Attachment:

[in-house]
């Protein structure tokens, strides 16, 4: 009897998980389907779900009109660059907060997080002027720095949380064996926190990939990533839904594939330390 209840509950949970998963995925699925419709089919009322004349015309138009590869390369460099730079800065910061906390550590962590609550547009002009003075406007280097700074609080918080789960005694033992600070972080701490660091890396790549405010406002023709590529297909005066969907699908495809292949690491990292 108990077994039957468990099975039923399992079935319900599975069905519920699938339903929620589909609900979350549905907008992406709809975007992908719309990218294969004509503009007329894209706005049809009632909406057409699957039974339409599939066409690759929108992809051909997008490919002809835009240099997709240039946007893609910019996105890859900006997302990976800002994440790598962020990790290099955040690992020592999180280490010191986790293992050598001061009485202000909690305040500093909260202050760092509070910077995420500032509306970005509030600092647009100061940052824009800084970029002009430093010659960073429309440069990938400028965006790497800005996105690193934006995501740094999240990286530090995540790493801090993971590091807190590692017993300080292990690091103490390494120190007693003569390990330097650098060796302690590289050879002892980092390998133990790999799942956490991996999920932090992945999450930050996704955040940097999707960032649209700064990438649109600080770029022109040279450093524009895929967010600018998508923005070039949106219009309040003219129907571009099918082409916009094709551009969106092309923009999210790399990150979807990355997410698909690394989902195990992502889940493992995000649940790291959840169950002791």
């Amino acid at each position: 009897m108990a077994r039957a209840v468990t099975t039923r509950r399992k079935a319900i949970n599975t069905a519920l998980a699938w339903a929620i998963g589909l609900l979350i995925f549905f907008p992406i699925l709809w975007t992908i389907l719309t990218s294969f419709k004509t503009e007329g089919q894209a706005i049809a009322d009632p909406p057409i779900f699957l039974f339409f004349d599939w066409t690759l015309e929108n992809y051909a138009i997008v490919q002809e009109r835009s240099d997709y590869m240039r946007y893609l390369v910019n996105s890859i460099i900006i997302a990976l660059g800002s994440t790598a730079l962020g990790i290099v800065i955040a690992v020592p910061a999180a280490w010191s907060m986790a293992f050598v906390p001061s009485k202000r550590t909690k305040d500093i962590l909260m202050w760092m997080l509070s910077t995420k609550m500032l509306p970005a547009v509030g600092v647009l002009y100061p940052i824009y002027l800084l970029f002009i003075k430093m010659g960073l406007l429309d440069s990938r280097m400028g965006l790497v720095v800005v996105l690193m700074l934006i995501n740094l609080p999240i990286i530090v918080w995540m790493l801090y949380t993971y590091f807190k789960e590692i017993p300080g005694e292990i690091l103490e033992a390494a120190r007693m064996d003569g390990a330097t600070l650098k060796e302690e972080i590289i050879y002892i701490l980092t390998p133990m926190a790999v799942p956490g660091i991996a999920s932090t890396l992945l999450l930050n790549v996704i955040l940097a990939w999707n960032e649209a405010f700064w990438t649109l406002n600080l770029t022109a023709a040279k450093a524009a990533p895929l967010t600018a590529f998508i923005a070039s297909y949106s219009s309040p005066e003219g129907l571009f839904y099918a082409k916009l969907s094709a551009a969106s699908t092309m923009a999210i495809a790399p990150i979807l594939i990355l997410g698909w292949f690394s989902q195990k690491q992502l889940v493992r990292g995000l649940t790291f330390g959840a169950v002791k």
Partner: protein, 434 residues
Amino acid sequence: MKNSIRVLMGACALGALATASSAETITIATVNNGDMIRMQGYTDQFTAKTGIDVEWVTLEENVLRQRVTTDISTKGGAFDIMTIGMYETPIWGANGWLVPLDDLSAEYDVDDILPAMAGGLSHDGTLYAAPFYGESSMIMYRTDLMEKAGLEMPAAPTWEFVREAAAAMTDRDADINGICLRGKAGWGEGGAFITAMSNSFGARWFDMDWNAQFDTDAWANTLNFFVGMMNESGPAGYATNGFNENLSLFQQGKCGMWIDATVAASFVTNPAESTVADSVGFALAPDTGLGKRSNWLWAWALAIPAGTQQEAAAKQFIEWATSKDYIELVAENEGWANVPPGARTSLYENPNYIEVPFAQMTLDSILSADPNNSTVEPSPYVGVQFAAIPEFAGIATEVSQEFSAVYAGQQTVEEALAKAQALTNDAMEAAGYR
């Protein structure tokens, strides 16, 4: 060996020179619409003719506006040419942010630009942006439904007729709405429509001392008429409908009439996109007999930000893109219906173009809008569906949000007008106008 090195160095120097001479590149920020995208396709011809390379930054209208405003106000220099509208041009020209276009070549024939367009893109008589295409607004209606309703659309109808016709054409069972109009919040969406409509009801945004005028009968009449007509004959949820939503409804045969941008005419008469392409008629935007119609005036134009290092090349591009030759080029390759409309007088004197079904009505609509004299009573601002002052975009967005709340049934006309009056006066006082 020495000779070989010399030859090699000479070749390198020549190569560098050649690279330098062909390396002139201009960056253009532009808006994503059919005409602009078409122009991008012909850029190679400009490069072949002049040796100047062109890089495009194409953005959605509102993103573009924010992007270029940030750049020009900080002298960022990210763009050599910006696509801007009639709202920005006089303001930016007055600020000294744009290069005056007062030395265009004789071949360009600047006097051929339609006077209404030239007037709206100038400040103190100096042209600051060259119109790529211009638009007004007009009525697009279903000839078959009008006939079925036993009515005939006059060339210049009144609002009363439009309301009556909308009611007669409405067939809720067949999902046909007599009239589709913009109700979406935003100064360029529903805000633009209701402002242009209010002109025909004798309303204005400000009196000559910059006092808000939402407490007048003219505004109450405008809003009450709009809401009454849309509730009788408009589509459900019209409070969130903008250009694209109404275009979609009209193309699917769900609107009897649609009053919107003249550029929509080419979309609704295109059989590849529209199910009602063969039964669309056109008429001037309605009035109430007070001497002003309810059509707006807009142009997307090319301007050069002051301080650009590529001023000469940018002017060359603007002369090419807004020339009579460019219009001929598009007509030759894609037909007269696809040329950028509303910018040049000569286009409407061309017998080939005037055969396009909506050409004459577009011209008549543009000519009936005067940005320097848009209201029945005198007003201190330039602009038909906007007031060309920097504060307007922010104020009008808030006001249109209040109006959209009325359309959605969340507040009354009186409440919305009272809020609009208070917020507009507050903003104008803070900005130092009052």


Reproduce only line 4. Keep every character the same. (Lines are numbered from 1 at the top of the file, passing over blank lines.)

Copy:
Partner: protein, 434 residues